Indeed - the L2 cache in the A100 is enormous: 40 MB. Each SM has 164 kB of configurable L1 cache, so that's 17 MB in total. Register file is a whopping 27 MB.
 

scavengerspc

Posts: 355   +224
TechSpot Elite
I mean, I have a desktop 8700k and 1080Ti and my score was 23609. Yours really isn't that impressive. In fact, you can easily see on the 3Dmark website that most people with a 9900k and 2080 are getting 25k and upwards!

Sorry to burst your bubble, but laptops still haven't broken the laws of physics and magically been able to crap desktop class hardware in with no performance impact.
The average for a 9900k and 2080 desktop is 23,784 so I would say that a laptop with a 20 watt lower GPU power limit scoring 24,094 is pretty darn good. There is simply no way to tweak a laptop as extensively so I'm more than happy with where it is. I have been curious though so this weekend I will retest with an external monitor to bypass Optimus.
 
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Burty117

Posts: 3,748   +1,607
The average for a 9900k and 2080 desktop is 23,784
Yeah just had another look, how is the score barely higher than the last gen of stuff?

Wait, ignore me, I was looking at 2080Ti scores not 2080 (which is essentially as fast as the 1080Ti) explains why their's barely any difference as the CPU scores don't change that much.

I've had my 8700k / 1080Ti combo for 3 years in a few months time. Strange that nothing faster has really come out!

I really hope the 3080Ti is a proper jump in performance. I won't replace the CPU until DDR5 is out but the GPU I'll happily buy if Nvidia actually have the performance to backup the price as I doubt they'll lower the Ti pricing, unless AMD have something up their sleeve.
 

Faelan

Posts: 32   +13
I'm not really interested in the numbers and math.

All I need to see, as the average consumer, is the capabilities and the price tag.

I just want to know how much a 3080Ti is, and when I can buy one.

I've been playing DCS lately and I love being able to crank up all my "graphics" to maximum. And I don't obsess over the "fps count" as long as it looks good to my eyes while playing.
Don’t get your hopes up too high. DCS often gets CPU bottlenecked because it relies too much on singlethreaded performance. It desperately needs an engine rewrite at this point, which they are working on, but we frankly may not see that until the 4080ti is a thing or at least close to being a thing. Yes, the 3080ti will help and allow for some settings to be upped, but I’m pretty sure it won’t solve the stuttering and abysmal VR performance we are seeing even on high end systems..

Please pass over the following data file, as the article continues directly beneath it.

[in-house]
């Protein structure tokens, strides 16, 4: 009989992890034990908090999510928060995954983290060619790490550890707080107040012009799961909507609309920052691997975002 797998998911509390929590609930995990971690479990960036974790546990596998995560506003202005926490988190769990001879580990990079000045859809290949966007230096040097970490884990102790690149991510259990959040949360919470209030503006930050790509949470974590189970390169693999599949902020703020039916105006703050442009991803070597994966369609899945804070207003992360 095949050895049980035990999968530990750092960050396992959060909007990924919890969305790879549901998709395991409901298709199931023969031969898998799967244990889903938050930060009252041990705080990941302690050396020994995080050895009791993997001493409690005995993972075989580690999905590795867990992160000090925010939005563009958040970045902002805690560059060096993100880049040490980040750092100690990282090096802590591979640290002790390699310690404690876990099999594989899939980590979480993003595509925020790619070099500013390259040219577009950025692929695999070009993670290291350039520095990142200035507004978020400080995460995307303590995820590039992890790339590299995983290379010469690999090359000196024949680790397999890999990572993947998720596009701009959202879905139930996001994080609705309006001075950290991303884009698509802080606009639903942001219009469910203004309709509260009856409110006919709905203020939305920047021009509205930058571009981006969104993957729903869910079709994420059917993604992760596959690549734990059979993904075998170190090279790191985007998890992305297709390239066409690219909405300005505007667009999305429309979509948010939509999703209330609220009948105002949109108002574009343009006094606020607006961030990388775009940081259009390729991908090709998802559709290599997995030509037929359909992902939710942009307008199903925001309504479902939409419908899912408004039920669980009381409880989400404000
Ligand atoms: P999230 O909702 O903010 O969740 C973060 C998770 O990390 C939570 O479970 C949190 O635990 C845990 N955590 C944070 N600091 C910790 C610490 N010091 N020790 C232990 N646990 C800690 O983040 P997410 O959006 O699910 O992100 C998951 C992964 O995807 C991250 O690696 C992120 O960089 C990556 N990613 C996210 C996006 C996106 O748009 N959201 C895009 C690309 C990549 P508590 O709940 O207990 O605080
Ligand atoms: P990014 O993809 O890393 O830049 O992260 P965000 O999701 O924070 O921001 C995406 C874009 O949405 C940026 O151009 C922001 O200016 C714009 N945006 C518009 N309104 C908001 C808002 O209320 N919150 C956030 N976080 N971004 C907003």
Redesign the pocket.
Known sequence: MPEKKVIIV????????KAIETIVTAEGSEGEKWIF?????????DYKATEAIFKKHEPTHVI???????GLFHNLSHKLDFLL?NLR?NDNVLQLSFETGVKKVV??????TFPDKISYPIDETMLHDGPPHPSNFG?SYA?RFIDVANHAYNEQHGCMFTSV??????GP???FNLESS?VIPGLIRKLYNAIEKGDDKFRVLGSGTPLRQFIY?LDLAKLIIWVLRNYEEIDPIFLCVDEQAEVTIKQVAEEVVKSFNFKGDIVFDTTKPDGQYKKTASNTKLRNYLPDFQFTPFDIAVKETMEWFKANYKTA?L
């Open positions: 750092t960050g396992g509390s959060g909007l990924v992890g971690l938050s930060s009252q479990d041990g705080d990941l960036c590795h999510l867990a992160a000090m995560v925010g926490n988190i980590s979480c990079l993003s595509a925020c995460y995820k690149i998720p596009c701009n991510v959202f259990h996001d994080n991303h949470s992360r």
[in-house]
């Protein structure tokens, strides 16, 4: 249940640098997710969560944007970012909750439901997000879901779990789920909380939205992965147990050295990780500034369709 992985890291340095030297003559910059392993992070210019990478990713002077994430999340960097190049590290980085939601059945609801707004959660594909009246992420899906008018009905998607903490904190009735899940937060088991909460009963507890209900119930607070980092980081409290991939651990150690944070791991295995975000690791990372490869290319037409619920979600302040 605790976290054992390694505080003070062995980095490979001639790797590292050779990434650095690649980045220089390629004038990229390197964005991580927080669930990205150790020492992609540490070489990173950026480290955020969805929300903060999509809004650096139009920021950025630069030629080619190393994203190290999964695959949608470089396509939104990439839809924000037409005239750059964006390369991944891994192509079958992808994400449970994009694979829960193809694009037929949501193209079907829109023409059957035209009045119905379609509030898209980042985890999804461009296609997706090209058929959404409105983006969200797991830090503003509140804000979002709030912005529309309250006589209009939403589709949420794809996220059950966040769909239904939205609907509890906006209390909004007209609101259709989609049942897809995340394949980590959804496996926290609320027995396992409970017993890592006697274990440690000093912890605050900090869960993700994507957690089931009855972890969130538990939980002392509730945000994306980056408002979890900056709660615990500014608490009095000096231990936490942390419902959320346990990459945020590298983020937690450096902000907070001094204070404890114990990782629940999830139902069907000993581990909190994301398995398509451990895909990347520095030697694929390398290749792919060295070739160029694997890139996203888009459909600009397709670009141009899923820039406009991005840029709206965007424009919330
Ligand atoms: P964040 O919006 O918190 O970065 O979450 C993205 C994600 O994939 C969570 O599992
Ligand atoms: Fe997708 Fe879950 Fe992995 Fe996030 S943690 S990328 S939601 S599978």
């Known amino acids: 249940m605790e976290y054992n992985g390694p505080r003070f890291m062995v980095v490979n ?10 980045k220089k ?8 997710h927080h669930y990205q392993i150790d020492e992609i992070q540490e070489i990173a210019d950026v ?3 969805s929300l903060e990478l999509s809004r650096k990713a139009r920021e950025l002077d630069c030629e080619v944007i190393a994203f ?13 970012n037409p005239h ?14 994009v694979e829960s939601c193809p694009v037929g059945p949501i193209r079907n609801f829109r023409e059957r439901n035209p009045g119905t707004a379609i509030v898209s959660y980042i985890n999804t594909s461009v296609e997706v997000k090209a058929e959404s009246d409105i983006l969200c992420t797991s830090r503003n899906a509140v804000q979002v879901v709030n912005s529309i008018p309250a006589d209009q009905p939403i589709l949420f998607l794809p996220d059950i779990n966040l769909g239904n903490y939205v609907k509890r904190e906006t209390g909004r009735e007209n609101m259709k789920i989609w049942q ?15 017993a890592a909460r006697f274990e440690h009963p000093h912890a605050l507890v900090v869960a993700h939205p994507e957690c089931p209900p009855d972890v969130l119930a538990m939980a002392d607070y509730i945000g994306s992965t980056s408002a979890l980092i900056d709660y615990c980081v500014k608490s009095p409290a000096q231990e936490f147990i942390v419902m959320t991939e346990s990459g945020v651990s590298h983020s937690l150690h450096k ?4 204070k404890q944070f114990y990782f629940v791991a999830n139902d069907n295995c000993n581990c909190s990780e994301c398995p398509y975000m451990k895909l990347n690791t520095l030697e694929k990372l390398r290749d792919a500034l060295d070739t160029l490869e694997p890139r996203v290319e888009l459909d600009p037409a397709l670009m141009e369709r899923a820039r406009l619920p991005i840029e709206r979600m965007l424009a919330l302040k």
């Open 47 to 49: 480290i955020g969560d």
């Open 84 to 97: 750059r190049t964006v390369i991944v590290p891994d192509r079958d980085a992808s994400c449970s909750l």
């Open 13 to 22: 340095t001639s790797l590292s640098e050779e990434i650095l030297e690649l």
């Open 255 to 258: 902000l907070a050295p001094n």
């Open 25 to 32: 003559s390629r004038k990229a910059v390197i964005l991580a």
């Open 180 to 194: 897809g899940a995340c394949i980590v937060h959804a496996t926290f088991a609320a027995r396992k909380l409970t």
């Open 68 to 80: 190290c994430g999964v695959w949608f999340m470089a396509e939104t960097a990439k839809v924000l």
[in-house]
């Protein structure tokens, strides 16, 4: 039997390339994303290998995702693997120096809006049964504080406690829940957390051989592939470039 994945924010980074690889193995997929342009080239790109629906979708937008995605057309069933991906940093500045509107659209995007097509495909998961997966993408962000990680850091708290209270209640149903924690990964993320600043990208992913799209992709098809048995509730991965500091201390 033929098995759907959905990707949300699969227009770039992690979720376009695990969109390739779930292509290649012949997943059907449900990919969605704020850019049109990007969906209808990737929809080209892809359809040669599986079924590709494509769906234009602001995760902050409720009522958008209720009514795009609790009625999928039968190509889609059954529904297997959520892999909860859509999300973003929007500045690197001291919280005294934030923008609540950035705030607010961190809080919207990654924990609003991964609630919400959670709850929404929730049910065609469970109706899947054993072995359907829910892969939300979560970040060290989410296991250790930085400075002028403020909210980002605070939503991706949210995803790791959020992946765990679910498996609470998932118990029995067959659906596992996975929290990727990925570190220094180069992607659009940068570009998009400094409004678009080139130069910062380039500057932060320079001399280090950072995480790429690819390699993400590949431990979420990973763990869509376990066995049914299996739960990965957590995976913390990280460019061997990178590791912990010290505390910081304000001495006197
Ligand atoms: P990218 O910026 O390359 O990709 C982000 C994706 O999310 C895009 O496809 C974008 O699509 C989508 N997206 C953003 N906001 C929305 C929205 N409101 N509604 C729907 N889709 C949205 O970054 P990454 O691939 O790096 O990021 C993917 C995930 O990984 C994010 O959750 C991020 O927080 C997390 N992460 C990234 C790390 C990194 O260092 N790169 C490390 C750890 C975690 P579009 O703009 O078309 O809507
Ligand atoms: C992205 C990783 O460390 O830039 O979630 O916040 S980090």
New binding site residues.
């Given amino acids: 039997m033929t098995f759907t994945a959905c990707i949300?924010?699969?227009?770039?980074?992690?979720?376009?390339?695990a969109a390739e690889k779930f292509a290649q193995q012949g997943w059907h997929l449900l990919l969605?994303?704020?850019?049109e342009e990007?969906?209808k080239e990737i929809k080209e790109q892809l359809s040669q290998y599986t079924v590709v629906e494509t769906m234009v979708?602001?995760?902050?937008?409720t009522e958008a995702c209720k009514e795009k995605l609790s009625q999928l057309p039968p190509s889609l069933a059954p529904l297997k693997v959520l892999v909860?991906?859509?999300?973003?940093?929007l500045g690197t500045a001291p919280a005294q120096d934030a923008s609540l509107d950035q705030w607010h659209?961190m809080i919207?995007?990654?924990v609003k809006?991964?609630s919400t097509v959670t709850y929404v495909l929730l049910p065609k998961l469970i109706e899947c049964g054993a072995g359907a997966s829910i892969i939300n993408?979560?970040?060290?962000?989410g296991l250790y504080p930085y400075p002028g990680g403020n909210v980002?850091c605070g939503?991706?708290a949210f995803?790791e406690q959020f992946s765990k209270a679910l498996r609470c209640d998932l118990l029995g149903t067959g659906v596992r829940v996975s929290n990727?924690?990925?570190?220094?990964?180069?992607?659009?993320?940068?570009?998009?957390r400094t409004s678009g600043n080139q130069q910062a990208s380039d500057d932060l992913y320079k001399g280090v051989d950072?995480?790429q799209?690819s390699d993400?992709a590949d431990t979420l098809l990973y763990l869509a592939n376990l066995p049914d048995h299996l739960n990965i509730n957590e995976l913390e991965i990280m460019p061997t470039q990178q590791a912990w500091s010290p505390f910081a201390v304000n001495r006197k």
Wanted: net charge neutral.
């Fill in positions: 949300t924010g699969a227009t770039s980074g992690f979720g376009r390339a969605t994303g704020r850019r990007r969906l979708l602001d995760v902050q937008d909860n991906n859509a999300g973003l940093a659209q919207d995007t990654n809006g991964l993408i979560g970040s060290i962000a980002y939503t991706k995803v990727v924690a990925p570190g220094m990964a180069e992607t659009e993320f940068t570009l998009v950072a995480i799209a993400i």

Theinsanegamer

Posts: 1,883   +2,246
Note that my score is slightly above a desktop ave with the same CPU\GPU combo. And you can usually add 5 to 10% once optimus is bypassed with an external monitor.

I also ran the 3dMark stress test (40 passes) and the 2080 temps peaked at 64C.
And twin Vega 64s in crossfire can out firestrike a 2080ti, whats your point? Unless your favorite games are Firestrike and Cinebench, synthetic benchmarks are just as useful as gFlops and MIPS ratings. Intel's HD iris GPUs score a lot better in synthetics then in actual games. The ryzen 1800x destroyed the 7700k in cinebench, yet I can tell you which one will give a better gaming experience of the two, and it isnt the 1800x.

XMG has a youtube video showing their laptop with a 2080 mobile chip VS a desktop with a 2080 and a ryzen 2000 CPU, and even with the ryzen 2000 gimp VS the laptop with a full fat 9900K CPU, the desktop was still typically ~8-10 FPS faster, and they only tested 1080p, where the 2080 is rarely going to be the bottleneck. This also ignores the OC headroom on the desktop chip VS the laptop chip.

This also of course ignores that the only laptops you can get such a GPU in are 12 pound beasts that cost over $4000 US. All that money for a hot, heavy, expensive laptop that will not be upgrade-able in the future. Oh, and short battery life to boot. And LOUD AS HELL because you are cooling 200+ watts. Doesnt matter how high end the fans are, a 65 mm fan spinning at over 3000 RPM is not a pleasant experience.

All that so you can use it in a coffee shop for 40 minutes before the battery dies.
 

Tom Yum

Posts: 17   +24
Wonder what the yields are for a 826mm2 die on 7nm? That is the same as 3.5 Navi 10's, or 11 Ryzen Matisse dies, and die defects goes up with the square of die size (for a given defects per X million transistors).
 

scavengerspc

Posts: 355   +224
TechSpot Elite